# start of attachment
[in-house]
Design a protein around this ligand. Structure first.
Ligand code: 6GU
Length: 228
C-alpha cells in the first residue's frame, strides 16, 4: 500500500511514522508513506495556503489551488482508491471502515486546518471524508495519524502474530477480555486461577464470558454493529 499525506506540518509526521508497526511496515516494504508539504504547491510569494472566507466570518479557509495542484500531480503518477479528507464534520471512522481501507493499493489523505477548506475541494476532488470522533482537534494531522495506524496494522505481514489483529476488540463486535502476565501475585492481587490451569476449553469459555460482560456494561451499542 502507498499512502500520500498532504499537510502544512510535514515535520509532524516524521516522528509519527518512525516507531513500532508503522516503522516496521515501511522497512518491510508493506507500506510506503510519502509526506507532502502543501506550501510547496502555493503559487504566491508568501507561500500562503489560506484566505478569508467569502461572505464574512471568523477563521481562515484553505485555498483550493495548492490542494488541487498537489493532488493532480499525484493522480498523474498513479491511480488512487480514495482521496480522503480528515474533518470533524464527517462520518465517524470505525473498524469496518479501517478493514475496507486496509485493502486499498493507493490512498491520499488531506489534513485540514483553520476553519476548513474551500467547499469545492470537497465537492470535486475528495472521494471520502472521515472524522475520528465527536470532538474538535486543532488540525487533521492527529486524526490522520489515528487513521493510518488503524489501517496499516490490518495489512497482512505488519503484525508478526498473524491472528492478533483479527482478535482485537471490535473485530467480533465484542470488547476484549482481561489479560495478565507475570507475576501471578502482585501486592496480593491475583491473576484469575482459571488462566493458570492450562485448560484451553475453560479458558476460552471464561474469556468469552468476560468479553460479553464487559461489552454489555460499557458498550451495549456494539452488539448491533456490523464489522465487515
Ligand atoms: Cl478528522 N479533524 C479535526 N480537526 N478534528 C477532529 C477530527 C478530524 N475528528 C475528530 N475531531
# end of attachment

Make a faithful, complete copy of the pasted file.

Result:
[in-house]
Design a protein around this ligand. Structure first.
Ligand code: 6GU
Length: 228
C-alpha cells in the first residue's frame, strides 16, 4: 500500500511514522508513506495556503489551488482508491471502515486546518471524508495519524502474530477480555486461577464470558454493529 499525506506540518509526521508497526511496515516494504508539504504547491510569494472566507466570518479557509495542484500531480503518477479528507464534520471512522481501507493499493489523505477548506475541494476532488470522533482537534494531522495506524496494522505481514489483529476488540463486535502476565501475585492481587490451569476449553469459555460482560456494561451499542 502507498499512502500520500498532504499537510502544512510535514515535520509532524516524521516522528509519527518512525516507531513500532508503522516503522516496521515501511522497512518491510508493506507500506510506503510519502509526506507532502502543501506550501510547496502555493503559487504566491508568501507561500500562503489560506484566505478569508467569502461572505464574512471568523477563521481562515484553505485555498483550493495548492490542494488541487498537489493532488493532480499525484493522480498523474498513479491511480488512487480514495482521496480522503480528515474533518470533524464527517462520518465517524470505525473498524469496518479501517478493514475496507486496509485493502486499498493507493490512498491520499488531506489534513485540514483553520476553519476548513474551500467547499469545492470537497465537492470535486475528495472521494471520502472521515472524522475520528465527536470532538474538535486543532488540525487533521492527529486524526490522520489515528487513521493510518488503524489501517496499516490490518495489512497482512505488519503484525508478526498473524491472528492478533483479527482478535482485537471490535473485530467480533465484542470488547476484549482481561489479560495478565507475570507475576501471578502482585501486592496480593491475583491473576484469575482459571488462566493458570492450562485448560484451553475453560479458558476460552471464561474469556468469552468476560468479553460479553464487559461489552454489555460499557458498550451495549456494539452488539448491533456490523464489522465487515
Ligand atoms: Cl478528522 N479533524 C479535526 N480537526 N478534528 C477532529 C477530527 C478530524 N475528528 C475528530 N475531531